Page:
Who hasn’t dreamed of time travel, going back in time and saying the right thing instead of the wrong thing, seeing Lincoln give the Gettysburg address—or buying Apple stock when it was $10 a share? Many a science fiction novel and TV show are premised on just that possibility, and we happily suspend disbelief, at least for the moment, before landing back in the here and now.
For a few scientists, time travel and its cousin, warp drive—spacecraft traveling faster than the speed of light—are intriguing indeed. Tufts faculty have occasionally taught courses on just those topics primarily for non-science majors to learn more about the laws of physics.
Now a new book, Time Travel and Warp Drives (University of Chicago Press), by Allen Everett, professor emeritus of physics and astronomy in the School of Arts and Sciences, explores the potential of dipping back to another century. He and co-author Thomas Roman, a professor at Central Connecticut State University, delve into the physics of time travel, and as you might expect, it’s much more complicated than Star Trek or Robert Heinlein would have you think.
Everett, who taught at Tufts for 42 years before retiring in 2002, opens with a bold move: he doesn’t dismiss the idea of warp speed or time travel. He explains the physics and the common sense objections to both notions, but allows that given some very specific conditions—and advances in scientific knowledge—either could be possible, even if the probability is still infinitesimal.
Everett wasn’t always interested in time travel. His research focused on theoretical elementary particle physics, but while on sabbatical at the Lawrence Berkeley National Laboratory in 1967, he came across an article by Columbia University’s Gerald Feinberg about the possibility of a class of particles, called tachyons, that always travel faster than the speed of light.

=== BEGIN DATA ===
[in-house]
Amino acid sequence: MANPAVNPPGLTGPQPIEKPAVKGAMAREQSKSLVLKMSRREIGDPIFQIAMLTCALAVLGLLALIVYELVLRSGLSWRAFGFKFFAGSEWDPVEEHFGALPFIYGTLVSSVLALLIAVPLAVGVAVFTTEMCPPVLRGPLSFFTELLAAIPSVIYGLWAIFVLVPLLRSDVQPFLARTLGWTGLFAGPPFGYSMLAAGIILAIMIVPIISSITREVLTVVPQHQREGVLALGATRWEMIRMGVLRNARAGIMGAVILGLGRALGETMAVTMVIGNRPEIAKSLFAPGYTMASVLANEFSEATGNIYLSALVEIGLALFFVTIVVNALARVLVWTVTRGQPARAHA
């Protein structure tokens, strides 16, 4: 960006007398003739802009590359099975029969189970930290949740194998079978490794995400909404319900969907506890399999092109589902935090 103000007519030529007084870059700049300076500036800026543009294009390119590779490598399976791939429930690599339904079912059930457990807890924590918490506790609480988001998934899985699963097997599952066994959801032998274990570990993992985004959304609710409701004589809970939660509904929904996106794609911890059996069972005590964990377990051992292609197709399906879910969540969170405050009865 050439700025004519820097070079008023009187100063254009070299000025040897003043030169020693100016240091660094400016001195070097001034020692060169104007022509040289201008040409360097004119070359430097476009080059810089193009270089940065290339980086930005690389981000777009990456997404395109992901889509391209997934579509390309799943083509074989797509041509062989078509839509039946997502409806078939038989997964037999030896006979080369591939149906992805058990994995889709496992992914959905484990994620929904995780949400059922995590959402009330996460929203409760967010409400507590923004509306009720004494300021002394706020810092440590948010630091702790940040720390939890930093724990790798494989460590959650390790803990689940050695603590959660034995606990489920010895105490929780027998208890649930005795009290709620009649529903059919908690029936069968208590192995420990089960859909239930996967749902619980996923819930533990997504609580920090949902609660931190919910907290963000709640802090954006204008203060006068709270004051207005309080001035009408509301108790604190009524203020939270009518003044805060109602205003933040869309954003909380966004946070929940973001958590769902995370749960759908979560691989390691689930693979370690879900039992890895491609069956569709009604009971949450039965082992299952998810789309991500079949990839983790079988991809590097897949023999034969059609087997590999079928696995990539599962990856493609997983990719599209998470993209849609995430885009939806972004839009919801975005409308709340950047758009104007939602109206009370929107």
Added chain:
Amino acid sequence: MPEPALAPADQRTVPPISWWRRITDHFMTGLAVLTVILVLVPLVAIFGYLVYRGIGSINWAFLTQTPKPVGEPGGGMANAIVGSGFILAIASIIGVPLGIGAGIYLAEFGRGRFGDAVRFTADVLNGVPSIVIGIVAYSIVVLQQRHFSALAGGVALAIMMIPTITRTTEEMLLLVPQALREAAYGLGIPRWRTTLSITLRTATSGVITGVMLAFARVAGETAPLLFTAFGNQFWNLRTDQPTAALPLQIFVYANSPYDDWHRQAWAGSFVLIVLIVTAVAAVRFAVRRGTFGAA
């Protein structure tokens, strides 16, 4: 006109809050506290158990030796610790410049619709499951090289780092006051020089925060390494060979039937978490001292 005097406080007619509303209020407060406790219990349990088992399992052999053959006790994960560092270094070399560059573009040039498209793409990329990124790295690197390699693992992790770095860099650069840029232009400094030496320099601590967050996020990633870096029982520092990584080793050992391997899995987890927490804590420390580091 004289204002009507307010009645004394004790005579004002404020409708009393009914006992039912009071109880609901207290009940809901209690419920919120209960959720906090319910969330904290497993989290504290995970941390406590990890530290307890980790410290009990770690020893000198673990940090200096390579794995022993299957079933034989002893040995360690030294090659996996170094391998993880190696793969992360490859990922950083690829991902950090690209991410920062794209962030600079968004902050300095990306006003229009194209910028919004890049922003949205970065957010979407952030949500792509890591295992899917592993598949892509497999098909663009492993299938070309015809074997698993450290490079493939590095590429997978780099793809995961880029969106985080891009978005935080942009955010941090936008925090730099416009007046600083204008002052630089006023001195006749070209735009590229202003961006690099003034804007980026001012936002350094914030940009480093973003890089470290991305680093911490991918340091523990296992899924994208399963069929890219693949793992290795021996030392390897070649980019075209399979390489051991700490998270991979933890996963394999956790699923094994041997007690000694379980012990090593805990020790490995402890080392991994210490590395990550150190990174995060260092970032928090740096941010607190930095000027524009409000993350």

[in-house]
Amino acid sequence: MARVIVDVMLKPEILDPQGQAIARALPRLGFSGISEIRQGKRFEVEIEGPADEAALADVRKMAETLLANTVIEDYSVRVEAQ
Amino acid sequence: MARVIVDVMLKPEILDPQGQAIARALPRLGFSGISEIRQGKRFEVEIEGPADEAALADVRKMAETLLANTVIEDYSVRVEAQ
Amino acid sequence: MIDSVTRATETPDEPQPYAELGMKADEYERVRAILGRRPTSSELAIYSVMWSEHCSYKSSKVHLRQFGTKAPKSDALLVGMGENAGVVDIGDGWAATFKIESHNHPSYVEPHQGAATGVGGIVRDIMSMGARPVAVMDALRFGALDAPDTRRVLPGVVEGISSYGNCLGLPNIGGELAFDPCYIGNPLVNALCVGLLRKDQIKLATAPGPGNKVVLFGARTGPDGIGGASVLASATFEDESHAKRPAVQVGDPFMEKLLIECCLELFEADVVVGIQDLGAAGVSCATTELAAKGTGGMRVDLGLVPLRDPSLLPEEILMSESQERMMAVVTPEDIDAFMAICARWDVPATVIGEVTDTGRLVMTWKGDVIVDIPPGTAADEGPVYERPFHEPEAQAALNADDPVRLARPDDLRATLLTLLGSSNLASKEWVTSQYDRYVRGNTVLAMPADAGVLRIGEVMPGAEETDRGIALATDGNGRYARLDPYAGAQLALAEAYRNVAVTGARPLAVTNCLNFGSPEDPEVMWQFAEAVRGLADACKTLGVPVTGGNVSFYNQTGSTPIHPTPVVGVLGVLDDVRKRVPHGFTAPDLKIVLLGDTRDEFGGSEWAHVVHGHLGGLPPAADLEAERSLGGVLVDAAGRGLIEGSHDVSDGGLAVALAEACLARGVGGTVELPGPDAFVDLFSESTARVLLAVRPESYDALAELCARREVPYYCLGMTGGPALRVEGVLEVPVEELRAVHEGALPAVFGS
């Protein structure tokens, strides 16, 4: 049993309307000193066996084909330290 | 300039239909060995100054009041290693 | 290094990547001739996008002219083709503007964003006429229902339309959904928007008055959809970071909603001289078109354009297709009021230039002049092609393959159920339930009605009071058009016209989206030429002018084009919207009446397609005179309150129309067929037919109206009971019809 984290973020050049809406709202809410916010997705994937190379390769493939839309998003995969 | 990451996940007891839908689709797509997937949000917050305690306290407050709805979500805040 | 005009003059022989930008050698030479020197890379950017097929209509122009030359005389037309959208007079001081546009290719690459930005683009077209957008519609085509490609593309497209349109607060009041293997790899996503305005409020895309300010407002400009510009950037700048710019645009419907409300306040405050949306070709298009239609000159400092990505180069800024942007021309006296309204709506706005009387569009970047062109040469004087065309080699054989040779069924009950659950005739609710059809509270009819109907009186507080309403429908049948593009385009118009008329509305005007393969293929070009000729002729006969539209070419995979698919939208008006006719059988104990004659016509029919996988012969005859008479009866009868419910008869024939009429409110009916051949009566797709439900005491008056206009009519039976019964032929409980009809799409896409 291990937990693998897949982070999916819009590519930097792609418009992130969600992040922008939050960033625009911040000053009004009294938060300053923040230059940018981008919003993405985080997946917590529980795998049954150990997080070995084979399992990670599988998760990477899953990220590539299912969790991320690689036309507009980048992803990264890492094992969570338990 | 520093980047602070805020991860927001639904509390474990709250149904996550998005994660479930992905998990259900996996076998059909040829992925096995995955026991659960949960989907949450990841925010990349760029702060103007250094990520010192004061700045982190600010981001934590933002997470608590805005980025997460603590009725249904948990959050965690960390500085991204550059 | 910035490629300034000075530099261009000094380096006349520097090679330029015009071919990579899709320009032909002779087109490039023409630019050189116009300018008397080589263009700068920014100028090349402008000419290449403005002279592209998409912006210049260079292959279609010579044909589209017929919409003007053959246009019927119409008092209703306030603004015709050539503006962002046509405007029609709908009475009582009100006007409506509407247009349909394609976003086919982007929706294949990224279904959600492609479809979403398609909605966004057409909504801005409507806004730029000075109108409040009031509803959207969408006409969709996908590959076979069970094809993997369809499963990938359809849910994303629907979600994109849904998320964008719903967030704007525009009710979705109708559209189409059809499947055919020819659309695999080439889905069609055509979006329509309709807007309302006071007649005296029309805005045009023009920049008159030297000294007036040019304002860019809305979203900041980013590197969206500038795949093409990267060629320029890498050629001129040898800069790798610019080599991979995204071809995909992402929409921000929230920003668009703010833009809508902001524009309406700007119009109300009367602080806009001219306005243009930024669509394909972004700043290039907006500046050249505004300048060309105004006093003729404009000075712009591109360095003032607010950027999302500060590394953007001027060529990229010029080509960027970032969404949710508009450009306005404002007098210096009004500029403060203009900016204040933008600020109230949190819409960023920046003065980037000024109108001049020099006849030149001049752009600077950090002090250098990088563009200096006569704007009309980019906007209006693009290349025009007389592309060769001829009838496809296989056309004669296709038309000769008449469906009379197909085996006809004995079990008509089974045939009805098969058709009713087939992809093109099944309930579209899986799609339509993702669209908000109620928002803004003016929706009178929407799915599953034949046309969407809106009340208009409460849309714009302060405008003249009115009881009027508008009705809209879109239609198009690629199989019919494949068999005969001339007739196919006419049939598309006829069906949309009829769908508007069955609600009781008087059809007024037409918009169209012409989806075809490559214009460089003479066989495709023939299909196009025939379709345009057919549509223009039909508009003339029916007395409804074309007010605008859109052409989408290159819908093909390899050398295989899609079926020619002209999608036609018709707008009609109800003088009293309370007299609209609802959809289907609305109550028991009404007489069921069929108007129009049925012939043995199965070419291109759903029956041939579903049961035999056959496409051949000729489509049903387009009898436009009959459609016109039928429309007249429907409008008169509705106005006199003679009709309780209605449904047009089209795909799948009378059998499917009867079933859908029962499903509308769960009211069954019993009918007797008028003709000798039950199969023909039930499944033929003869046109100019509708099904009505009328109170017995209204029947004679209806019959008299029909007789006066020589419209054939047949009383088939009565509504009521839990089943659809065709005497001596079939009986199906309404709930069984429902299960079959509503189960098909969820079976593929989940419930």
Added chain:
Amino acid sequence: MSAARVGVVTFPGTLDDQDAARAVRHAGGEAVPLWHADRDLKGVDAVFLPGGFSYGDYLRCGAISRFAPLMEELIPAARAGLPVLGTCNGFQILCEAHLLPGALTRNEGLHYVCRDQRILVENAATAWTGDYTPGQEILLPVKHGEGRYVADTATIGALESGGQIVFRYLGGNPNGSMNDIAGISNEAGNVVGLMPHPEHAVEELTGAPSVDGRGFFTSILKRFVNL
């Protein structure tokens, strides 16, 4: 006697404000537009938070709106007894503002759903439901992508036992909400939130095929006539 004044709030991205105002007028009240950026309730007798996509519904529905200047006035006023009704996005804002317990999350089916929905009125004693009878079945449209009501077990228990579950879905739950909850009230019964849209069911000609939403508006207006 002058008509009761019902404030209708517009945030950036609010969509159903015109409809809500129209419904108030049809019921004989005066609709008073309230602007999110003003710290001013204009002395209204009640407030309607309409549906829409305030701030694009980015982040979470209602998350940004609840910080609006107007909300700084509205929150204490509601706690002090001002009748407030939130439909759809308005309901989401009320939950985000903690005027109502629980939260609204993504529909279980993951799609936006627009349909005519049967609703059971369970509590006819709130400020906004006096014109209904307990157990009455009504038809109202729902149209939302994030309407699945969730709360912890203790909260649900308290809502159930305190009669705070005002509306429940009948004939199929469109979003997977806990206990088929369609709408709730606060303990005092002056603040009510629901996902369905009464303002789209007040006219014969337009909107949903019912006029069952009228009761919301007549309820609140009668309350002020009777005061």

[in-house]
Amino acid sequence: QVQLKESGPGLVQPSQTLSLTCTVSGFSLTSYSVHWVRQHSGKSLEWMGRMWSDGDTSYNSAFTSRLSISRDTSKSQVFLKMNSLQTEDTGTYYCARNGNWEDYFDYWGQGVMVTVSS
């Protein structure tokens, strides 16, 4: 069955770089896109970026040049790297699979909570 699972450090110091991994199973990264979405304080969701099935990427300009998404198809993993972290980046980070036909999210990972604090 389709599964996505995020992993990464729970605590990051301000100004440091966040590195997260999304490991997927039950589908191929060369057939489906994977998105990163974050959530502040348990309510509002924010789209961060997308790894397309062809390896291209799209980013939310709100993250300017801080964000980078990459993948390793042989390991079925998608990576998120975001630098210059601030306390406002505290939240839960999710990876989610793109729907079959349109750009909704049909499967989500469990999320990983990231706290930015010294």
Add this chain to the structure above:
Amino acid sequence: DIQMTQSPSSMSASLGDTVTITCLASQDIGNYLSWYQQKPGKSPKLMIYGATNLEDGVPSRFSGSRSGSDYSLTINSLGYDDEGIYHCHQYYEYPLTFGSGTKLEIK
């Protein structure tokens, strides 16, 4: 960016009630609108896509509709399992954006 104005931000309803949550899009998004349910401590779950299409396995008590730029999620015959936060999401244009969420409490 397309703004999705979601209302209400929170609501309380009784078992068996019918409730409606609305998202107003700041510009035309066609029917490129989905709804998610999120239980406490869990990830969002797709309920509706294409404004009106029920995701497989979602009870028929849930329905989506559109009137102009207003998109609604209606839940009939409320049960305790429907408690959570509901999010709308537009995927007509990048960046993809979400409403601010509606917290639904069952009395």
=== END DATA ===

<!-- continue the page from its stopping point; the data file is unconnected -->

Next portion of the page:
“I wasn’t going to do anything with it, but one of my former graduate students, who’d gotten his Ph.D. with me, dragged me kicking and screaming into getting interested in the idea, and afterwards I was glad he did,” Everett says. “We worked together on it for three or four years and published articles on the idea of tachyons.”
Over the subsequent decade, as scientists found more inconsistencies in the tachyon theory, public interest in those particles faded. But that didn’t stop the theorizers. Now wormholes, portals to travel through time, are captivating popular imagination.
To picture how a wormhole might work, tunneling from one location in the space-time continuum to another, think of two sheets of paper, laid one on top of the other, Everett explains. Each sheet represents the spatial universe at different times, say 100 years apart.
“Picture making a hole in the two sheets of paper and gluing them together,” he says. “Now, if you want to go from one point on sheet number one to sheet number two, you can wait around for a century. Or you could go much more quickly by going through the hole, which may have a much shorter internal distance.”
Einstein’s general theory of relativity “leaves open at least the possibility that you can construct such an arrangement,” according to Everett. But to do that, you have to have a region of space where the energy density is negative (don’t ask for an explanation, it would take too long).